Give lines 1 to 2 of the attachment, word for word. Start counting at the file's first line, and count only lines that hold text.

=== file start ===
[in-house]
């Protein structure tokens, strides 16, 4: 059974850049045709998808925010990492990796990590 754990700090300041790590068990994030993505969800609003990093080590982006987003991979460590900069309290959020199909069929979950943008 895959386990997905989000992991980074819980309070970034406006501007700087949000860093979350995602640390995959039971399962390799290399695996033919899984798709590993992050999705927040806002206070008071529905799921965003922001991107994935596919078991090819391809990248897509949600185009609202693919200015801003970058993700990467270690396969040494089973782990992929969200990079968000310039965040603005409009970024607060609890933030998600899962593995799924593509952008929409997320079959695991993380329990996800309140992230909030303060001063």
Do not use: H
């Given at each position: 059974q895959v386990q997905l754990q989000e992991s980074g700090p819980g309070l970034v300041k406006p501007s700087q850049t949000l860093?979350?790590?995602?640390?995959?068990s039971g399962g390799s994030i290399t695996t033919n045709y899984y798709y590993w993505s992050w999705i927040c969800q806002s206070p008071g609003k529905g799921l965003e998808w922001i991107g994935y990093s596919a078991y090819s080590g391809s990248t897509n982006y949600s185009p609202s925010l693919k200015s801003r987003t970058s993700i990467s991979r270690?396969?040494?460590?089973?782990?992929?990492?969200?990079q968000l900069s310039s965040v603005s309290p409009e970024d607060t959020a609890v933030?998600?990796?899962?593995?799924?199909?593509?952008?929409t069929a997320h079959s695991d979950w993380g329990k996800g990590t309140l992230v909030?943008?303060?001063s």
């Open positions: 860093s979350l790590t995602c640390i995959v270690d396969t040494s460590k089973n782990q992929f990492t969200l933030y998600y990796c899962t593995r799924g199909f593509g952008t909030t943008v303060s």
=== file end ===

[in-house]
């Protein structure tokens, strides 16, 4: 059974850049045709998808925010990492990796990590 754990700090300041790590068990994030993505969800609003990093080590982006987003991979460590900069309290959020199909069929979950943008 895959386990997905989000992991980074819980309070970034406006501007700087949000860093979350995602640390995959039971399962390799290399695996033919899984798709590993992050999705927040806002206070008071529905799921965003922001991107994935596919078991090819391809990248897509949600185009609202693919200015801003970058993700990467270690396969040494089973782990992929969200990079968000310039965040603005409009970024607060609890933030998600899962593995799924593509952008929409997320079959695991993380329990996800309140992230909030303060001063």